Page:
Patients with Severe Mental Illness are 3 times more likely to lose teeth

In an article published in the September issue of the British Journal of Psychiatry, University of Queensland researchers have discovered that poor oral hygiene in individuals with severe mental sickness renders them thrice as likely to lose teeth as compared with the general population.

Subsequent to in investigation which revealed that psychiatric patients have not demonstrated any improvements in dental health, individuals with severe mental ailments were offered free dental checkup by researchers.

When researchers examined 14 studies on the oral health of severe mental illness patients published over the last 2 decades, all reports indicated that the 2784 psychiatric patients were diagnosed with severe mental illness, such as schizophrenia, dementia, bipolar disorder or other affective disorders.

The study findings reveal that psychiatric patients were 3.4 times more prone to teeth loss, and they were 6.2 times more likely to have decayed, filled, or missing teeth.

Professor Steve Kisely, who led the study, opined that several factors contributed to such a finding, explaining that: “People with severe mental illness may not be able to clean their teeth properly because of poor housing or homelessness. Some medications such as antidepressants and mood stabilizers can also reduce the flow of saliva and cause dry mouth (xerostomia), which increases plaque formation. They may be reluctant to see a dentist because of they are scared of treatment, or worried about the cost.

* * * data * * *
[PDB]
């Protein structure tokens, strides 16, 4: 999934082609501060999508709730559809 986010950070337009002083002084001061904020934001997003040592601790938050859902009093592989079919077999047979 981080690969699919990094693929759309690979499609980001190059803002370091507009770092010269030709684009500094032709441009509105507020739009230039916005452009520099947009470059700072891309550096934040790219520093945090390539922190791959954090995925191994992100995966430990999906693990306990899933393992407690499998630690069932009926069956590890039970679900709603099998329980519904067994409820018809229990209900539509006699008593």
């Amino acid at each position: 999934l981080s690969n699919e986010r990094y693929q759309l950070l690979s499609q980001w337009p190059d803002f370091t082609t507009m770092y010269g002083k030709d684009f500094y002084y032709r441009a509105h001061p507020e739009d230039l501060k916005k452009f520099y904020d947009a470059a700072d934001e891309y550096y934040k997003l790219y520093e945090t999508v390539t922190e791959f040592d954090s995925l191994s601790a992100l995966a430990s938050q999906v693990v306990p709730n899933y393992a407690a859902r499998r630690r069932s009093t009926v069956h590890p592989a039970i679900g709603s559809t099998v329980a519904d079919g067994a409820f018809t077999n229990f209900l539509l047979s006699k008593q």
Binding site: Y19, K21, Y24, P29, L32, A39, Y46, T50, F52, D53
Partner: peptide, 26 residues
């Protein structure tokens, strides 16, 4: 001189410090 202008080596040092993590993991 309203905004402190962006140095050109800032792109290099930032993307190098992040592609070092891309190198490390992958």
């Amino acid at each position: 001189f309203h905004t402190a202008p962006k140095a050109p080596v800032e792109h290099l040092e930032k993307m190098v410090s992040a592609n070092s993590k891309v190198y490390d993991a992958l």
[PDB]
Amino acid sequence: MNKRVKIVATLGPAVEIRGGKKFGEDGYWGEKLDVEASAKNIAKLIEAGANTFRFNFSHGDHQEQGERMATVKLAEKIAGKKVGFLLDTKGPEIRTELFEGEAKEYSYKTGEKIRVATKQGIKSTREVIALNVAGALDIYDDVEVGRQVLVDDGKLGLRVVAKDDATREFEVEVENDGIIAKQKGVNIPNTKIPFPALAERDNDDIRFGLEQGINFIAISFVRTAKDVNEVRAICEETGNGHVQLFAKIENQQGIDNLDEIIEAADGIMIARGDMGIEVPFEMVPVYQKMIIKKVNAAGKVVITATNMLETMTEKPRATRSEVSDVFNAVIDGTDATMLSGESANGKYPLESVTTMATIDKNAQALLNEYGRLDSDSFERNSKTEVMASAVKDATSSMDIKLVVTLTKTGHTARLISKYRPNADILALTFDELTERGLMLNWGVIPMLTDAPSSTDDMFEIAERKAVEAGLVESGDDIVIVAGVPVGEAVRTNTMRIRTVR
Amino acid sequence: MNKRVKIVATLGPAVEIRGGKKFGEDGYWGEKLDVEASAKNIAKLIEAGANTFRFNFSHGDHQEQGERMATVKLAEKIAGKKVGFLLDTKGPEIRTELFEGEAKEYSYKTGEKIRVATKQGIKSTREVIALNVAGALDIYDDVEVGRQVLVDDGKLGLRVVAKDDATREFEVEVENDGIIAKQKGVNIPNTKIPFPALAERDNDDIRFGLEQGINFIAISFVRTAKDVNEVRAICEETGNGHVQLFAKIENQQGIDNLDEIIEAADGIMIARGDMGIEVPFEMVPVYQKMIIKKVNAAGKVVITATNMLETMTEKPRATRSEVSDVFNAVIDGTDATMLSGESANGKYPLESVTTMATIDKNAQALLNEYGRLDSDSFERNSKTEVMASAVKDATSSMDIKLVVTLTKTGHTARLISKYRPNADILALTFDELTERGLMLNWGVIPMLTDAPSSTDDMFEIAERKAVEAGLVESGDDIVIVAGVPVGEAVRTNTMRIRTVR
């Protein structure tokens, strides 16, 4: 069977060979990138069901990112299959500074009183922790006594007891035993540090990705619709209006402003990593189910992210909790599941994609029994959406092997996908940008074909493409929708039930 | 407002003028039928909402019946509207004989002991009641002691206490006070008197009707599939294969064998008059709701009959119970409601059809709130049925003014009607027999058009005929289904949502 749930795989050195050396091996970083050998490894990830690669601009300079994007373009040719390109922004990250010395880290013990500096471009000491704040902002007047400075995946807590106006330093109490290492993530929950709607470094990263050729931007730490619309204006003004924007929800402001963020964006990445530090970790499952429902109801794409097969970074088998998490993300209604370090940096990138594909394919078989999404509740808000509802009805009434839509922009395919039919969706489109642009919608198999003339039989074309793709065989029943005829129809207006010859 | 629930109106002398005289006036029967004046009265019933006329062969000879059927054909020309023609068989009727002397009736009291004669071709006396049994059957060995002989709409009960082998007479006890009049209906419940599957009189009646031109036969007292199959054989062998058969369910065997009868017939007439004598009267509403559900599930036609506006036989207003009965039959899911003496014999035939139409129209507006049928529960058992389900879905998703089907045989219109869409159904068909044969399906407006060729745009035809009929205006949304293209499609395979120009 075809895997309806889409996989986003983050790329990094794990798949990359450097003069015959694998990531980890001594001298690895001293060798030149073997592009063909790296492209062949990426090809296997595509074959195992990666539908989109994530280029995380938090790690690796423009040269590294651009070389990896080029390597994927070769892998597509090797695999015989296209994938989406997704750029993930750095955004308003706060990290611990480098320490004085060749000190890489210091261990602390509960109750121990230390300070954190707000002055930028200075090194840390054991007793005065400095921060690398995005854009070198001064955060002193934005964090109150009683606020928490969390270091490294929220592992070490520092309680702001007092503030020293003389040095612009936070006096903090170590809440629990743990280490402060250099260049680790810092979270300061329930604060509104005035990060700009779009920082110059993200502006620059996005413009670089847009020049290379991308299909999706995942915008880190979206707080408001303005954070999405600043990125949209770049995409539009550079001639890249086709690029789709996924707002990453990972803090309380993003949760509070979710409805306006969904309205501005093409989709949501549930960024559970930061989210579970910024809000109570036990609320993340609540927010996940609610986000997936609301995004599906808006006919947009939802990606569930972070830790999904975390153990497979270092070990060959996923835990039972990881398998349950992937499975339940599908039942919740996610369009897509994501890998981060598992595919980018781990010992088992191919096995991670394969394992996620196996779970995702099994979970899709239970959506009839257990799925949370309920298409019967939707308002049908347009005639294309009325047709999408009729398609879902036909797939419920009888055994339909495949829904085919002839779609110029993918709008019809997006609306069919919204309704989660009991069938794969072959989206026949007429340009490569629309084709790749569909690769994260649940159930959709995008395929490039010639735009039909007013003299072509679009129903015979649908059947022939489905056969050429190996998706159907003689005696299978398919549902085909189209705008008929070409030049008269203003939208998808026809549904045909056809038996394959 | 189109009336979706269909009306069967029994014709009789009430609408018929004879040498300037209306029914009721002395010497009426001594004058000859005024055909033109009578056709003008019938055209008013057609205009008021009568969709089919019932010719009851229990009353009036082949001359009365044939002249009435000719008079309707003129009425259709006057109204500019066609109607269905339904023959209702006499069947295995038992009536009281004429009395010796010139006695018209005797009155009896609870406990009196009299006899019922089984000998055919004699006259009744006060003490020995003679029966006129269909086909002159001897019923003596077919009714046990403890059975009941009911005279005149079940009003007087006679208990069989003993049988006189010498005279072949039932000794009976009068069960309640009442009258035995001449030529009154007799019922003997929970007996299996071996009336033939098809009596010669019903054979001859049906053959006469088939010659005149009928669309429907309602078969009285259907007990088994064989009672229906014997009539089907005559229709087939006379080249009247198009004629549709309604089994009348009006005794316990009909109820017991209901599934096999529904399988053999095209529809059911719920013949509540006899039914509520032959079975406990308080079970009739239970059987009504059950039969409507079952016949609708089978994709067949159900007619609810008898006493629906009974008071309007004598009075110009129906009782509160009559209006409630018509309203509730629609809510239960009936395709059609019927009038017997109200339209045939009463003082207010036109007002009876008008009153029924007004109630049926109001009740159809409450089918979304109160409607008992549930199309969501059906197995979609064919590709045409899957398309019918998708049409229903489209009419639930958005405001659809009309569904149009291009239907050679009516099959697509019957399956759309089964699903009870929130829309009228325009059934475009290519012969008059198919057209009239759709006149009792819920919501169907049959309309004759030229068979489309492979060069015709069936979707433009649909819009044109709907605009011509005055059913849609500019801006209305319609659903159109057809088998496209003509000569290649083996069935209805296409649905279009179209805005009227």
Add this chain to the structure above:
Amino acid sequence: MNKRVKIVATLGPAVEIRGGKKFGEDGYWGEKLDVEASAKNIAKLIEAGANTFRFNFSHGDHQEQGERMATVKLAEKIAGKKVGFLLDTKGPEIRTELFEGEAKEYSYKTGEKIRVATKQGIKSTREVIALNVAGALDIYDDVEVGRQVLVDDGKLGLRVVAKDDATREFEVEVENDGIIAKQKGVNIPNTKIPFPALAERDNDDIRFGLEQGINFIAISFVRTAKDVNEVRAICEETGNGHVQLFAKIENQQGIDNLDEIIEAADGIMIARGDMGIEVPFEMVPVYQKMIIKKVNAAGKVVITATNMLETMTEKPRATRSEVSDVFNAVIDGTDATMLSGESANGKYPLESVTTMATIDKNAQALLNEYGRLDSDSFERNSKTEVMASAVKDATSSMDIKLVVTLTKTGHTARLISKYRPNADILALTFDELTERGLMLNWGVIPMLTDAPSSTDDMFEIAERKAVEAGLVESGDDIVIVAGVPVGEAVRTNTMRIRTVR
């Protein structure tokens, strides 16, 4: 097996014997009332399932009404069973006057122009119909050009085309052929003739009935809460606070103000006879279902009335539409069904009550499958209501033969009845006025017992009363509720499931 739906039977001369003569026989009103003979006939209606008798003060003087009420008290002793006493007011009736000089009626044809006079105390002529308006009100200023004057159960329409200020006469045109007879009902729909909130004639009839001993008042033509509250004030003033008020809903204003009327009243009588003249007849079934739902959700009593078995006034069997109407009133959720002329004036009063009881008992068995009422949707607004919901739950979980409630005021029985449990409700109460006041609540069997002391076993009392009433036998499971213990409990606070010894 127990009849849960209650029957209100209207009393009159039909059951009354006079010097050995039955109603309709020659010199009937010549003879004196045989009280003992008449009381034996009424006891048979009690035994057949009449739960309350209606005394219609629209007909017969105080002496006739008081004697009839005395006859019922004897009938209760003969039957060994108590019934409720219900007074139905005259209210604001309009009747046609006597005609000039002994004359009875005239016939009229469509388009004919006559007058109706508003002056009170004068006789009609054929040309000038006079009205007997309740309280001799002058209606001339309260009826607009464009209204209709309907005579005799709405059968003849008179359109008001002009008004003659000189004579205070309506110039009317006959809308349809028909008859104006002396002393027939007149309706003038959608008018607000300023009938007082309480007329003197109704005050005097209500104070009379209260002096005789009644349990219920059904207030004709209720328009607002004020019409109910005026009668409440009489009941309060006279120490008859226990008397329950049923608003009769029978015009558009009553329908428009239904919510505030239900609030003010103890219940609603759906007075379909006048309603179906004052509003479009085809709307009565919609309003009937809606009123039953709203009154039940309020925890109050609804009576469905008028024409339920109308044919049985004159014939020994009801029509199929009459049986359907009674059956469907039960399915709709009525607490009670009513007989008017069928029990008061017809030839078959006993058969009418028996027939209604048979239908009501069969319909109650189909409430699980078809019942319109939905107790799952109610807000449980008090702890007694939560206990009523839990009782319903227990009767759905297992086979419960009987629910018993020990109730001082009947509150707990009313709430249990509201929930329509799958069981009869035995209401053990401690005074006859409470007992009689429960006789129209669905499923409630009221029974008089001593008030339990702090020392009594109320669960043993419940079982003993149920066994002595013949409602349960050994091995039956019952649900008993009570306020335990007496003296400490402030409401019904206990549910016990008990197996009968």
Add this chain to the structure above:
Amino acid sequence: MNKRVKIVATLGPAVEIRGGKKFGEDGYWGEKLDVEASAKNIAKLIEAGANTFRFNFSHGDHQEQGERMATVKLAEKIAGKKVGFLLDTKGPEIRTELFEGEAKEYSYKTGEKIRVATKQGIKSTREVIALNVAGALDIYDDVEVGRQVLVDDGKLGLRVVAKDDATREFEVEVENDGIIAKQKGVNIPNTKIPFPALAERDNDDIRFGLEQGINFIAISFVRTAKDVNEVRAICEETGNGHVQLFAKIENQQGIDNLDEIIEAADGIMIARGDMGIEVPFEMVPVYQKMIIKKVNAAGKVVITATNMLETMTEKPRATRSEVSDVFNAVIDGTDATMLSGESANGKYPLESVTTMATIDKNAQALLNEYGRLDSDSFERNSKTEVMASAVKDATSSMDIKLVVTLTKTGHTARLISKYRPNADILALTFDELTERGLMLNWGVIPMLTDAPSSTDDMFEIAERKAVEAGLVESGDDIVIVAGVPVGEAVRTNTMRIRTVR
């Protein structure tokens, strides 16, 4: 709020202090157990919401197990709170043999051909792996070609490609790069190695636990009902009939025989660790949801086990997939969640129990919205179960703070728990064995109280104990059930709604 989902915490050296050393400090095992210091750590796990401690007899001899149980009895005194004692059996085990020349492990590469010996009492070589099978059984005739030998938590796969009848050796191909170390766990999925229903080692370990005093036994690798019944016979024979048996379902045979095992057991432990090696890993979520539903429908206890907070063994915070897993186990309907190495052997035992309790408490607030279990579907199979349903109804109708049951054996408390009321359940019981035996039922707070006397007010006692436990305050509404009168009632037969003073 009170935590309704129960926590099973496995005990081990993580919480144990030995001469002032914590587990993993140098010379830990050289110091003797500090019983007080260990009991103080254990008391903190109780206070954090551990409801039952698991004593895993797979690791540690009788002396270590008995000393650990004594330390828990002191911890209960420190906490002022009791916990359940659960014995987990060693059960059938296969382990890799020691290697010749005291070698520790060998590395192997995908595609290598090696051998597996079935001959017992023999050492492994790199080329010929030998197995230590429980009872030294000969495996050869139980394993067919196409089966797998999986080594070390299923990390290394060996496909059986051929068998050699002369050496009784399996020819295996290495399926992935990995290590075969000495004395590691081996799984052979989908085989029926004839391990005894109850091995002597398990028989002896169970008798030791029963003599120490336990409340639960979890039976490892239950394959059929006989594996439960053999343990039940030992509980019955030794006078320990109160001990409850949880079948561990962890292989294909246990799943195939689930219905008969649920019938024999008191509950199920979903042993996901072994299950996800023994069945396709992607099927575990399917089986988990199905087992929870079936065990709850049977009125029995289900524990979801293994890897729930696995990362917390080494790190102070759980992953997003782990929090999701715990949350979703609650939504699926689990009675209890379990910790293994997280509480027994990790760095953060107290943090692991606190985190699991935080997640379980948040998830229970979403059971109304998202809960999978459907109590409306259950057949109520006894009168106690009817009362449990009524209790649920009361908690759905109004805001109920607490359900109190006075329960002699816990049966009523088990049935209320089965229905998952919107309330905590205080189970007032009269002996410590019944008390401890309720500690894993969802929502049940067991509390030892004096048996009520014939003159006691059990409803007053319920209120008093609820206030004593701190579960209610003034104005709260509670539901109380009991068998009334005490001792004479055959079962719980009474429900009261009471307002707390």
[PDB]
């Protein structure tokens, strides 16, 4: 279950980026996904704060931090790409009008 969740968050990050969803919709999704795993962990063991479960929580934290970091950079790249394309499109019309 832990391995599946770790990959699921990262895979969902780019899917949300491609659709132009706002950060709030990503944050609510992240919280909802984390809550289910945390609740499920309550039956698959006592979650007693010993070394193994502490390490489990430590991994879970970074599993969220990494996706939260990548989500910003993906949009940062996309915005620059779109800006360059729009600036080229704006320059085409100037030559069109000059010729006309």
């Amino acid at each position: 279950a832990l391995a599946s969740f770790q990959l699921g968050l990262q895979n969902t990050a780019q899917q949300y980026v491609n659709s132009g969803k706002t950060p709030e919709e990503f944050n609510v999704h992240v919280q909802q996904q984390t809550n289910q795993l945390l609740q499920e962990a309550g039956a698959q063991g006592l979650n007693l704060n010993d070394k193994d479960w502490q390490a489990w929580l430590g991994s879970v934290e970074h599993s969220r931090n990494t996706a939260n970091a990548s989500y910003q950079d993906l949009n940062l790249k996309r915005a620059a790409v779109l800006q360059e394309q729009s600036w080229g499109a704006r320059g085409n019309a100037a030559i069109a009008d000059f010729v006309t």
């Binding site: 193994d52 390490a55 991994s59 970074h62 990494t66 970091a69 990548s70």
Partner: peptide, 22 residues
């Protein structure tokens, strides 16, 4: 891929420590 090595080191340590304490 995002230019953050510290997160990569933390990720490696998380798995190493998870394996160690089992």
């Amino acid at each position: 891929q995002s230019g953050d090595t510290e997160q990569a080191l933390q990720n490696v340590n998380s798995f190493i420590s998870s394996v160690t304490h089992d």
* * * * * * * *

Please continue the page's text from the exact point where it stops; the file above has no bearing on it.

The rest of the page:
Our analysis shows that, although the oral health of the general population has improved in much of the world, psychiatric patients remain at a disadvantage. This mirrors findings in other areas such as cardiovascular disease, where the health of the general population has improved – but not that of people with severe mental illness. Oral health should be part of the standard assessment for all patients with severe mental illness.

When patients are admitted to hospital, their care plans should include a basic assessment of oral hygiene – including factors known to cause oral ill-health such as medication, tobacco and drug use. Patients with mental illness who are treated in the community should be given advice on diet, smoking and brushing technique. We believe policy-makers should also consider providing free, accessible dental care for people with severe mental illness.”

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